The researchers separate the carbon dioxide from the steam produced by the plant and send it to an injection well. The carbon dioxide gets pumped down a pipe that's actually inside another pipe filled with water from a nearby lake. Hundreds of feet below the ground, the carbon dioxide is released into the water, where the pressure is so high that it quickly dissolves, instead of bubbling up and out.
That mix of water and dissolved carbon dioxide, which becomes very acidic, gets sent deeper into a layer of basaltic rock, where it starts leaching out minerals like calcium, magnesium and iron. The components in the mixture eventually recombine and begin to mineralize into carbonate rocks.
The basaltic rock is key, the scientists said: Sandstone would not react with carbon dioxide this way. So is the presence of water; if the mix had been pure gas instead of gas dissolved in water, it's unlikely the basalt would have helped form carbonate rocks — at least, not with such speed.
The scientists also injected chemical tracers into the mix, including a type of carbon dioxide made with the heavier, rarer isotope known as carbon-14. They also injected other trace gases such as sulfur hexafluoride, which is inert and does not react much with its surroundings.
When the researchers checked the water at monitoring wells later in the experiment, they found that the trace gases were still there (a sign that the water had gotten through) but that the proportion of carbon-14 molecules had significantly declined. As the water had continued to flow through the basaltic layers, the carbon dioxide had been left behind, in the rock.
While much of this happened underground, the researchers also saw fine crystals of carbonate sticking to the surface of the pump and pipes at the monitoring well.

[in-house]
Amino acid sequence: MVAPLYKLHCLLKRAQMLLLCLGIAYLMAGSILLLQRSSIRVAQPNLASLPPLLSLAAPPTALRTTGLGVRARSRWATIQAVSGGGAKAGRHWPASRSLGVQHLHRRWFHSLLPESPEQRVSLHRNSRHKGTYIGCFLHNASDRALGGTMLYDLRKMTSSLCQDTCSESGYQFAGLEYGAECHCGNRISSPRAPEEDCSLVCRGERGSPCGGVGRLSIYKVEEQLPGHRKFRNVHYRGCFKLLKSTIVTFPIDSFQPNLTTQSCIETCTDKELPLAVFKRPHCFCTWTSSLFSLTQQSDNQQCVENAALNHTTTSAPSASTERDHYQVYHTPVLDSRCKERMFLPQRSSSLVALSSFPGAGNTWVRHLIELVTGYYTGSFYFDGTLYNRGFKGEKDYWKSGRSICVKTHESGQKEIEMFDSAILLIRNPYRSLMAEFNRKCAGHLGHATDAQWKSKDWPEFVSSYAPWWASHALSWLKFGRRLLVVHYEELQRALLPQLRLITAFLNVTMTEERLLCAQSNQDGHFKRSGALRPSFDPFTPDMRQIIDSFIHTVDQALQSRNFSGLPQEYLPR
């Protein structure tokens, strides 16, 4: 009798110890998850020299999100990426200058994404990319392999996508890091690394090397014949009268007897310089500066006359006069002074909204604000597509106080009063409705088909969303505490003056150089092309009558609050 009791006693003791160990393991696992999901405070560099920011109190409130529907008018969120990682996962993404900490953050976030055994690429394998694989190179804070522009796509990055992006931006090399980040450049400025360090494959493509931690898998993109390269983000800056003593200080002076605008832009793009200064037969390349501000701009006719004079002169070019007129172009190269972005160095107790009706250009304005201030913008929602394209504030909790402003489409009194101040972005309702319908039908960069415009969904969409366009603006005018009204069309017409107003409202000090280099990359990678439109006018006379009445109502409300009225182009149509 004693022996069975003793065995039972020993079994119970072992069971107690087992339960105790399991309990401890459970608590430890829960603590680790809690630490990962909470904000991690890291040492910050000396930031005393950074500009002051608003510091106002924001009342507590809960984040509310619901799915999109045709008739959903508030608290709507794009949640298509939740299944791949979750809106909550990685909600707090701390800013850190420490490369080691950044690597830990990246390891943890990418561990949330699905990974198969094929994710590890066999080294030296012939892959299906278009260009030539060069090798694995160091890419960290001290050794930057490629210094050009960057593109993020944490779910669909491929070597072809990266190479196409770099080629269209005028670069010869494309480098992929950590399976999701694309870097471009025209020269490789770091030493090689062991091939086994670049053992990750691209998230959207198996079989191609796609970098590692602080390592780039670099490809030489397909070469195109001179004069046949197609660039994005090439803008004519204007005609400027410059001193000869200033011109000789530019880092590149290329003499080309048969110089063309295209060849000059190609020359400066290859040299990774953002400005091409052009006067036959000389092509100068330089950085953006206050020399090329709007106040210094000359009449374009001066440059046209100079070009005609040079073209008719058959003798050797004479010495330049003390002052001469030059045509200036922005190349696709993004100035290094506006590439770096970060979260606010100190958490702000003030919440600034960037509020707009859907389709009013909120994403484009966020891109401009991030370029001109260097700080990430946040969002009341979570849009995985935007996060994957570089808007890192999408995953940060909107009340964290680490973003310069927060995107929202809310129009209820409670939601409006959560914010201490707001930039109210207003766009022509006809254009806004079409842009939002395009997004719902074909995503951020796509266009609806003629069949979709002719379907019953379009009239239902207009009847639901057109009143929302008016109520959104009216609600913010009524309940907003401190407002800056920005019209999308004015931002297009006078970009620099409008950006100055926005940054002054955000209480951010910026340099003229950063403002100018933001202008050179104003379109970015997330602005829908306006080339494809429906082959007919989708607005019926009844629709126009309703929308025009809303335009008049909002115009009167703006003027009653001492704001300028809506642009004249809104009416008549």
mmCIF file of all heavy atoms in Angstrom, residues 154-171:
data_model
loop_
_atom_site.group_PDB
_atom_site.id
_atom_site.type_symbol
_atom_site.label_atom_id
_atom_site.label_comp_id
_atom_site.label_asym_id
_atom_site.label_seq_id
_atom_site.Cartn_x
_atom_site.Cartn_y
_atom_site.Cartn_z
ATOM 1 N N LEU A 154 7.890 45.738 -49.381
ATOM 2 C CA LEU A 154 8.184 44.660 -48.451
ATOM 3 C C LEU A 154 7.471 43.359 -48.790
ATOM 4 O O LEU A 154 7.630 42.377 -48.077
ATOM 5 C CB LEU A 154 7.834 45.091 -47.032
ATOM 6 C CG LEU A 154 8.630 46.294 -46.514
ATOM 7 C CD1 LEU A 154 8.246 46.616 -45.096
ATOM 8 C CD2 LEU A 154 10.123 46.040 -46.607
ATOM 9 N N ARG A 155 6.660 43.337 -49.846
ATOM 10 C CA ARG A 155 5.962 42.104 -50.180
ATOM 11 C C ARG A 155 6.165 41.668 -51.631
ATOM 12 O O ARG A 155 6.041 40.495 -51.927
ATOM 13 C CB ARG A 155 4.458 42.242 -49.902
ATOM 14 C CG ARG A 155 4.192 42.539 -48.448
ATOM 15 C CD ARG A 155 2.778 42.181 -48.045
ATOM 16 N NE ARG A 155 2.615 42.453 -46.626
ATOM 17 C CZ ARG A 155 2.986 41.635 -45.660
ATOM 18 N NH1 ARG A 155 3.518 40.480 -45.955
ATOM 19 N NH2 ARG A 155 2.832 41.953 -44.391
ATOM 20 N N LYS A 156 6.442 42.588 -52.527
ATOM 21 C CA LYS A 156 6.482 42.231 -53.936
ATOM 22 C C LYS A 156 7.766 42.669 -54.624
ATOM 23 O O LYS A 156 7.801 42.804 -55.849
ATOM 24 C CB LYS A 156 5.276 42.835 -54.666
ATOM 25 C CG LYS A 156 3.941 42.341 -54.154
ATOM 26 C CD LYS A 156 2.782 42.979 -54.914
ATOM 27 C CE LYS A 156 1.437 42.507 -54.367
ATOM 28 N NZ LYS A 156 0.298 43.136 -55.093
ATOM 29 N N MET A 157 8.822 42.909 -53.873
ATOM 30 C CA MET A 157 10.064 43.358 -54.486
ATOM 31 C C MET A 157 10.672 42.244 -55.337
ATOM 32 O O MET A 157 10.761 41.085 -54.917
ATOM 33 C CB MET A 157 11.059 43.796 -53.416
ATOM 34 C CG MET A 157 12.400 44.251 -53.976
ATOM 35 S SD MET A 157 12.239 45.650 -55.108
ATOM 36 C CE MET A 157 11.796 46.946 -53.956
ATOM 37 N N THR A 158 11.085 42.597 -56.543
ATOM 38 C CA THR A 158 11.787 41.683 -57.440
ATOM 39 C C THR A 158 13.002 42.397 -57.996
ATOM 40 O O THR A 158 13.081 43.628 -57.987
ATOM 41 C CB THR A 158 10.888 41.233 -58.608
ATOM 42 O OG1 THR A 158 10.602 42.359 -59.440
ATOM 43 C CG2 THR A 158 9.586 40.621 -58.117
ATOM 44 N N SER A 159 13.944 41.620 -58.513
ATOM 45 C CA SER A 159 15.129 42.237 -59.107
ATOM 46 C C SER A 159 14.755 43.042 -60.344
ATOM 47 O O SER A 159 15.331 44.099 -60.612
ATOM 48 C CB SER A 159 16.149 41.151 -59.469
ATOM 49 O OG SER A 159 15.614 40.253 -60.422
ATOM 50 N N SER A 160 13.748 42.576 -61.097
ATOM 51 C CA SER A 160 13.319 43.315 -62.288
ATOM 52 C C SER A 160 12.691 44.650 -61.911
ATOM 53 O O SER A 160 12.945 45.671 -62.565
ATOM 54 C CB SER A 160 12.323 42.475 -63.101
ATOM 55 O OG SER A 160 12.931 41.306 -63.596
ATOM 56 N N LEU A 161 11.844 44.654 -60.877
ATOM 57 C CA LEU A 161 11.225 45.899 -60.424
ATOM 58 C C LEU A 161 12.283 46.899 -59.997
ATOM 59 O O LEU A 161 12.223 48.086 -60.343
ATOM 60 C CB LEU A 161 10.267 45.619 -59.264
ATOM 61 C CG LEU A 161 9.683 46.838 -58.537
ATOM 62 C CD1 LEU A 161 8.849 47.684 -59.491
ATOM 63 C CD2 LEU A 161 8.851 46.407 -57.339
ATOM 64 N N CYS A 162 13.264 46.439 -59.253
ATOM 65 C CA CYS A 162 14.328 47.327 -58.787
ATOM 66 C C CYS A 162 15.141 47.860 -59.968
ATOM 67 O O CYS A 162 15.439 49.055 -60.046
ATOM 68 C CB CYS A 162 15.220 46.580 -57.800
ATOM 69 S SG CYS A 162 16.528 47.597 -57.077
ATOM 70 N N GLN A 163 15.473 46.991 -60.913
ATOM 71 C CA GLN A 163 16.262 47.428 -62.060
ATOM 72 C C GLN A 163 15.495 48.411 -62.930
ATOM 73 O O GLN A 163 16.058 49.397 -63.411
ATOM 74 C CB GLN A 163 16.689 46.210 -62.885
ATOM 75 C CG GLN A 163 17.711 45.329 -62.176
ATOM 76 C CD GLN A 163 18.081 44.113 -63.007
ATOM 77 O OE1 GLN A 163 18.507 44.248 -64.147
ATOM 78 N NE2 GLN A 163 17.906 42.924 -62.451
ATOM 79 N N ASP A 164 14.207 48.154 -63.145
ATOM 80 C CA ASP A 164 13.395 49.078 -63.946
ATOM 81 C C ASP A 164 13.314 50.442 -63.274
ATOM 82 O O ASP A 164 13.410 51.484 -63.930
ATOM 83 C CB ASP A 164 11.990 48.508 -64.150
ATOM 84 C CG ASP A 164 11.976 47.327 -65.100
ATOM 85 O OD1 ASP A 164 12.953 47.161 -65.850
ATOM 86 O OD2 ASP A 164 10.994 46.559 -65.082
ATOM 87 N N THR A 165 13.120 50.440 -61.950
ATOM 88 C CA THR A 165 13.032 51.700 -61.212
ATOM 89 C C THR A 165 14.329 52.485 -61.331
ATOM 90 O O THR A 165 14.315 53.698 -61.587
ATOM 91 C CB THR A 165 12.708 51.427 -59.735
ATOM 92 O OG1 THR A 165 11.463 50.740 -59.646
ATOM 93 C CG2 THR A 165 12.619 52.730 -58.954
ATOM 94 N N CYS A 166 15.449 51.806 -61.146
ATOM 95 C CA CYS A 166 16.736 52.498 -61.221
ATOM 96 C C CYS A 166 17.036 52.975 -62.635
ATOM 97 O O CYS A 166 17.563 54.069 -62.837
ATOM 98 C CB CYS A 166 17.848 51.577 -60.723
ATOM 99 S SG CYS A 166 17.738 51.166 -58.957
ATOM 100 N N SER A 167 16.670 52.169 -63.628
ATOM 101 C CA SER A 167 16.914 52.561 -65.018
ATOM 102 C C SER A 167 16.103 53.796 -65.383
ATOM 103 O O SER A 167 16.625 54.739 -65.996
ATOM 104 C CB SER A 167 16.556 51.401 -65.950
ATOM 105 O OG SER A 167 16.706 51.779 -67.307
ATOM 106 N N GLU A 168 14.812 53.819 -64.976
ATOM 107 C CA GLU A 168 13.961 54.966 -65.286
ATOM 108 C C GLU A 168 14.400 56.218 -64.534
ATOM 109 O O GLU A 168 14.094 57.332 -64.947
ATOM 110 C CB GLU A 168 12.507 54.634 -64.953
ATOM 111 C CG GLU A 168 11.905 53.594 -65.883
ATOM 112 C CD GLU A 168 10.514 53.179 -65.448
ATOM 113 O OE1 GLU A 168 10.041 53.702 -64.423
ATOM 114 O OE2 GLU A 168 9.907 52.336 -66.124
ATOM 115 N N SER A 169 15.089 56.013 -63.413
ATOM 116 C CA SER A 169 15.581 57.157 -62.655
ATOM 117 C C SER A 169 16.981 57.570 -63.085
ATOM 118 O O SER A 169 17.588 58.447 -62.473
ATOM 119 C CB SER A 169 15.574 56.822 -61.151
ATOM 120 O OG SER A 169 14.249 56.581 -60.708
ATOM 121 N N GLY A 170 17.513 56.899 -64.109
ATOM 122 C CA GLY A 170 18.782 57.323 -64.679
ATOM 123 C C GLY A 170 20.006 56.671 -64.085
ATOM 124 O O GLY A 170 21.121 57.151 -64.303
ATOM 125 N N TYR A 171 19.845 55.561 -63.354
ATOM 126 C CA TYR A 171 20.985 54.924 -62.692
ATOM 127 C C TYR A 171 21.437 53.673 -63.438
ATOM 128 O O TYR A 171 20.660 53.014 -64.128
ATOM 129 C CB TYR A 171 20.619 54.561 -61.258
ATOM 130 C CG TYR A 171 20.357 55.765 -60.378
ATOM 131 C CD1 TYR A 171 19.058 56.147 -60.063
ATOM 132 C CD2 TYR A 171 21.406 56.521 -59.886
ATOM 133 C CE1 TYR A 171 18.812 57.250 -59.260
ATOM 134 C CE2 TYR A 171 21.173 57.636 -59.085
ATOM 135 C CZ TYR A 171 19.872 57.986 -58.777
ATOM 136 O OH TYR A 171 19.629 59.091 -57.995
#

"They look like salt from a salt shaker ... on the surface of this gray or black basaltic rock," Stute said.
Based on other laboratory results, the scientists had expected the process to take centuries, if not longer. But the field test showed that this process, under the right conditions, happens at remarkable speed.
There are some limitations to this method. It requires basaltic rock, which, while it can be found in abundance in places like the United States' Pacific Northwest region, can't be found everywhere on land. Under the ocean, there's plenty — but then there's the question of whether salty water will be as effective as the freshwater used in this study.
Storage is an issue. Pulling carbon dioxide out of emissions, let alone the atmosphere, is also a difficult challenge, the researchers pointed out.
Still, Aines said, "These results are so encouraging that it's worth figuring out some of the places where that could be done, and trying that out on a larger and longer scale."
In the meantime, at the Icelandic power plant, operators are reportedly looking to scale this process up.